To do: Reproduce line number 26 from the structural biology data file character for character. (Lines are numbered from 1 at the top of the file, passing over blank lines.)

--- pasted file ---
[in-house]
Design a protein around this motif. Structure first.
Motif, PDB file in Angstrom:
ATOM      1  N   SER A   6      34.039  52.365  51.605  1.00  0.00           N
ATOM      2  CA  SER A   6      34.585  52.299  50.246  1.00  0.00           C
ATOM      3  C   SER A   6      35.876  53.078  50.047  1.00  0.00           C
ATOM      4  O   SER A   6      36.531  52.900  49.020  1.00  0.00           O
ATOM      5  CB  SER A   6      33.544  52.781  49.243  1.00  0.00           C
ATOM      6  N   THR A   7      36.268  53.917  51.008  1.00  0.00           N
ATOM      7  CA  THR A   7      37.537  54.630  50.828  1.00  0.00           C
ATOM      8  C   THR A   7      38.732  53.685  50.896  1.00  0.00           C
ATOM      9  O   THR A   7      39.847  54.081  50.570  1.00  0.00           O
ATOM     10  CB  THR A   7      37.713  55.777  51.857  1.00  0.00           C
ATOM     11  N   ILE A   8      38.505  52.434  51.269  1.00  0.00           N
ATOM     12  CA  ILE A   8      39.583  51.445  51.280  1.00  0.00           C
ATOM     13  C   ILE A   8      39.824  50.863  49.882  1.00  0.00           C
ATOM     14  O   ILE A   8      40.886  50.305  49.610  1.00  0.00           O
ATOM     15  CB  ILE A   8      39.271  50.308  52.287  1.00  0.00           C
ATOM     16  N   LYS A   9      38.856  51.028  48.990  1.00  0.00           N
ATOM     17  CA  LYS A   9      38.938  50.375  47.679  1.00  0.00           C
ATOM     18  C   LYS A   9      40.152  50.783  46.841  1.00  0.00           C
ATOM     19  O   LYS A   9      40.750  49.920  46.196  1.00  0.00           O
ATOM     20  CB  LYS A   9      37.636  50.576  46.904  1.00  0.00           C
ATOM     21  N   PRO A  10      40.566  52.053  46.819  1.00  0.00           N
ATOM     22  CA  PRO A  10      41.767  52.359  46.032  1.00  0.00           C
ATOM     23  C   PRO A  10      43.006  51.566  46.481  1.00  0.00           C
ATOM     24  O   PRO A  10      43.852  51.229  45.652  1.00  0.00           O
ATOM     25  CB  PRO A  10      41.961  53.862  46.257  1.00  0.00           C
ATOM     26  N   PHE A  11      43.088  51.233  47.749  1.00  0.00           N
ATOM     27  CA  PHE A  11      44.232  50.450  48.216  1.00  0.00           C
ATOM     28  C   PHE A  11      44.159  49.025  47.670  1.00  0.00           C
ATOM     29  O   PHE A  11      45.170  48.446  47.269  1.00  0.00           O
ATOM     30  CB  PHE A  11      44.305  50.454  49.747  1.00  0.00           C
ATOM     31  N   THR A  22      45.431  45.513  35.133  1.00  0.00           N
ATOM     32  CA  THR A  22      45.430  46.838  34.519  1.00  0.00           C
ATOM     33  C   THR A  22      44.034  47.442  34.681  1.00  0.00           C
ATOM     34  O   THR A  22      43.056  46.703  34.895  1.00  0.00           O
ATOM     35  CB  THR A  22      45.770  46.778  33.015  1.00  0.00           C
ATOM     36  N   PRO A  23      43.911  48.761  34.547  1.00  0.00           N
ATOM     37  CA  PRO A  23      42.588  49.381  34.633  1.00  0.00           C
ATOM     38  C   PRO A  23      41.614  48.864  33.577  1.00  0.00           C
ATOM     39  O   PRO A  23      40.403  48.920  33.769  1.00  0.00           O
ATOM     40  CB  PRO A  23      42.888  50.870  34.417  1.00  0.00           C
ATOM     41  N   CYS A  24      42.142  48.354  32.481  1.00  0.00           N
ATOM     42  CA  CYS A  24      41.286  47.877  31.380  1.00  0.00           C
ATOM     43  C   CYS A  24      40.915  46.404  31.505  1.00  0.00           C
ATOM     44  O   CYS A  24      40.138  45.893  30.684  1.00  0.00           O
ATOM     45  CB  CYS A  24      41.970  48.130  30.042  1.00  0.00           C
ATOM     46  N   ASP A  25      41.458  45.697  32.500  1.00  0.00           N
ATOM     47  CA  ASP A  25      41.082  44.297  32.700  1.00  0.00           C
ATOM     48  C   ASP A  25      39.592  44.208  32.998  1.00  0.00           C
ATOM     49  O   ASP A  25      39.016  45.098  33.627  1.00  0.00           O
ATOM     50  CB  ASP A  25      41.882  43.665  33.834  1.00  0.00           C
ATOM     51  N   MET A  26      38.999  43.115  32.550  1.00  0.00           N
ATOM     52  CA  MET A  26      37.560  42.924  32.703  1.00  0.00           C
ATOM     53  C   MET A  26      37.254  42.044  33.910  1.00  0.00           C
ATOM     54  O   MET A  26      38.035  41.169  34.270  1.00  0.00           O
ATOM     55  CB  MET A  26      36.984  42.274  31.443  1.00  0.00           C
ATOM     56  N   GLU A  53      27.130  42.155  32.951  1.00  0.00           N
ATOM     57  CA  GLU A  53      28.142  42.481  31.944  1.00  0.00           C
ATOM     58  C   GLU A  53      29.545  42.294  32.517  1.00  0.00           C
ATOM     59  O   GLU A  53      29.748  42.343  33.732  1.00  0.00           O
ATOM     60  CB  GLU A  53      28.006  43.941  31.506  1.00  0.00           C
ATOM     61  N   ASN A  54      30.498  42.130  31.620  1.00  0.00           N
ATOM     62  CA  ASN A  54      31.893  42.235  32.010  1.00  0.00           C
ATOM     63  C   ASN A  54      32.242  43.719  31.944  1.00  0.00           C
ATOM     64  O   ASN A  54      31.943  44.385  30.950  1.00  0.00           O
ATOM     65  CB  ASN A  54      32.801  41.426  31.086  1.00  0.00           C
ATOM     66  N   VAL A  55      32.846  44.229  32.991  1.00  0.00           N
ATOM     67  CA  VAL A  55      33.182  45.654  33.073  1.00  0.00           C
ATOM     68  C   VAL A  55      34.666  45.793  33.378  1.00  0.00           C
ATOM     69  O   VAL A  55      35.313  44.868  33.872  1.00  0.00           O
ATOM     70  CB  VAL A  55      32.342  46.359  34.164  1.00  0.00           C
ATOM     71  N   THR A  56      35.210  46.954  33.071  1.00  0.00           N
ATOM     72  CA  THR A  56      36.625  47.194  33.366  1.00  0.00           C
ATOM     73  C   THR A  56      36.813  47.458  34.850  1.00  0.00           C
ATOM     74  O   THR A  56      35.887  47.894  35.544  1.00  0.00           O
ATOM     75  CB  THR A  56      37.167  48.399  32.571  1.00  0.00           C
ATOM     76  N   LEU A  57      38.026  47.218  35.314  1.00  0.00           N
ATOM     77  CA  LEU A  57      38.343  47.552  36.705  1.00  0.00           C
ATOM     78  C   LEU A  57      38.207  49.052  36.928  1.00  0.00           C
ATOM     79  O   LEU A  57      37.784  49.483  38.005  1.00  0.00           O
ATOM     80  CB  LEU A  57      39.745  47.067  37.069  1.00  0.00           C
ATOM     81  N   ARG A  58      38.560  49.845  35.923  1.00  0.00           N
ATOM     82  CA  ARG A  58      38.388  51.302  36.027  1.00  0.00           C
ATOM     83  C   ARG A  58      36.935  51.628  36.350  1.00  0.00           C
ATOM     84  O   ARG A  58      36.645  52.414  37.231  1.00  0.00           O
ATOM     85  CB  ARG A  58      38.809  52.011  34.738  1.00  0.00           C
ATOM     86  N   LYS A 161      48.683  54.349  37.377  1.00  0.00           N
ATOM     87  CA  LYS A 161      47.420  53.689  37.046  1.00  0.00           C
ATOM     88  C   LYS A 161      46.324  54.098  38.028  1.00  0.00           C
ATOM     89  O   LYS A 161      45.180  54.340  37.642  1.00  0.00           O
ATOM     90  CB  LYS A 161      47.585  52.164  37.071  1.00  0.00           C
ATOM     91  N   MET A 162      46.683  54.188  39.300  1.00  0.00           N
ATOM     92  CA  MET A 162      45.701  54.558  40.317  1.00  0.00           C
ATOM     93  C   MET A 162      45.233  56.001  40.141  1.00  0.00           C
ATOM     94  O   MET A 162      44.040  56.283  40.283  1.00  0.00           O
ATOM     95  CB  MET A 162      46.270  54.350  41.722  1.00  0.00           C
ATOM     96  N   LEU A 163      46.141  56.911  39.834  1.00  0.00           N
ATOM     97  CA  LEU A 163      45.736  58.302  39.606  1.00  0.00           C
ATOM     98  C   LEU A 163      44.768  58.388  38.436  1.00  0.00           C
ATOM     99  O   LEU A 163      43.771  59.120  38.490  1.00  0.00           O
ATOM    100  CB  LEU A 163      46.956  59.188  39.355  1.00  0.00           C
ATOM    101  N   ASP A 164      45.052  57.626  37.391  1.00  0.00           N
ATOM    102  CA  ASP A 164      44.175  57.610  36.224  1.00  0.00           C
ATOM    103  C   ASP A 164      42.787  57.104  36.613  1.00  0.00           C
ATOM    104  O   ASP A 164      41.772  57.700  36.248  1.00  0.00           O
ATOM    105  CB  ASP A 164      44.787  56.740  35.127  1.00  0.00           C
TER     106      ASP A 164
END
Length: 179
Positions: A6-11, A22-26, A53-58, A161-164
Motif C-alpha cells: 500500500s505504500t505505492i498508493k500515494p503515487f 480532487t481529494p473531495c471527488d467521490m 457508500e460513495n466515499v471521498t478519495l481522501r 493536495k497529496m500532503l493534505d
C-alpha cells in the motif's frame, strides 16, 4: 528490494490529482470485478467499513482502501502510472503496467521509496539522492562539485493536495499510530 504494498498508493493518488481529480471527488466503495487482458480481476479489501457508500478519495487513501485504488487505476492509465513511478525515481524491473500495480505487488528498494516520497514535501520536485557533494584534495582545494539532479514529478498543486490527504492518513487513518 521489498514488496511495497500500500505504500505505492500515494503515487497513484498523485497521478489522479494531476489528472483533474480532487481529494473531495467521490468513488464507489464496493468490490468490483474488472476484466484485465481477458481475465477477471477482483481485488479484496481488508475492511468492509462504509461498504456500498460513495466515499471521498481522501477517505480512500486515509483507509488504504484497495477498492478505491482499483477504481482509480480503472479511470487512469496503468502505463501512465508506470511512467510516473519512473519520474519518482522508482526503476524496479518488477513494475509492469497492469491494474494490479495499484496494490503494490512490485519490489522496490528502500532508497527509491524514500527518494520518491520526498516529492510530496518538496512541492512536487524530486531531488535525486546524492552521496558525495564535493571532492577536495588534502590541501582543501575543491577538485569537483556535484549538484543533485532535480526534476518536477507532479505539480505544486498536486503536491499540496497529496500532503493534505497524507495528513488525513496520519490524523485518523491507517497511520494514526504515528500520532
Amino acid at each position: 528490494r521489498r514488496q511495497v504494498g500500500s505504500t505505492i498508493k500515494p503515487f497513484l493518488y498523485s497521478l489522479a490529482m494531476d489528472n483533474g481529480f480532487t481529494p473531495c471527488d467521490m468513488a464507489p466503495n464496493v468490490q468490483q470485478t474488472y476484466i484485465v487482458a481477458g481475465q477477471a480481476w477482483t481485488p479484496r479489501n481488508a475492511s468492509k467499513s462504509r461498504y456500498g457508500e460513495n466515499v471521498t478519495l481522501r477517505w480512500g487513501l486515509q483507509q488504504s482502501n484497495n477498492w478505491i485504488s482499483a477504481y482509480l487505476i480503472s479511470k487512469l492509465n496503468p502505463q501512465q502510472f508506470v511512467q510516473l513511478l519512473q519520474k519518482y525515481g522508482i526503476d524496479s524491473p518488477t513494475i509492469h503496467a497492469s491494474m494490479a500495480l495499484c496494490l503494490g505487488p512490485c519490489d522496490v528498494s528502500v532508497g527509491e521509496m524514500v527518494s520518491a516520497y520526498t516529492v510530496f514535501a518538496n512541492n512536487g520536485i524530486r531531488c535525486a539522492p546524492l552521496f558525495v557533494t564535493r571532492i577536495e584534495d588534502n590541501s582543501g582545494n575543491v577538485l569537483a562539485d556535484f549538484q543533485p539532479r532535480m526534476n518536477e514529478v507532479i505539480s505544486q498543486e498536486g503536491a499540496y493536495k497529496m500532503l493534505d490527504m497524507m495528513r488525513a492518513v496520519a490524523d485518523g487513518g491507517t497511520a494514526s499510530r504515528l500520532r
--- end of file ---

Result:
ATOM     23  C   PRO A  10      43.006  51.566  46.481  1.00  0.00           C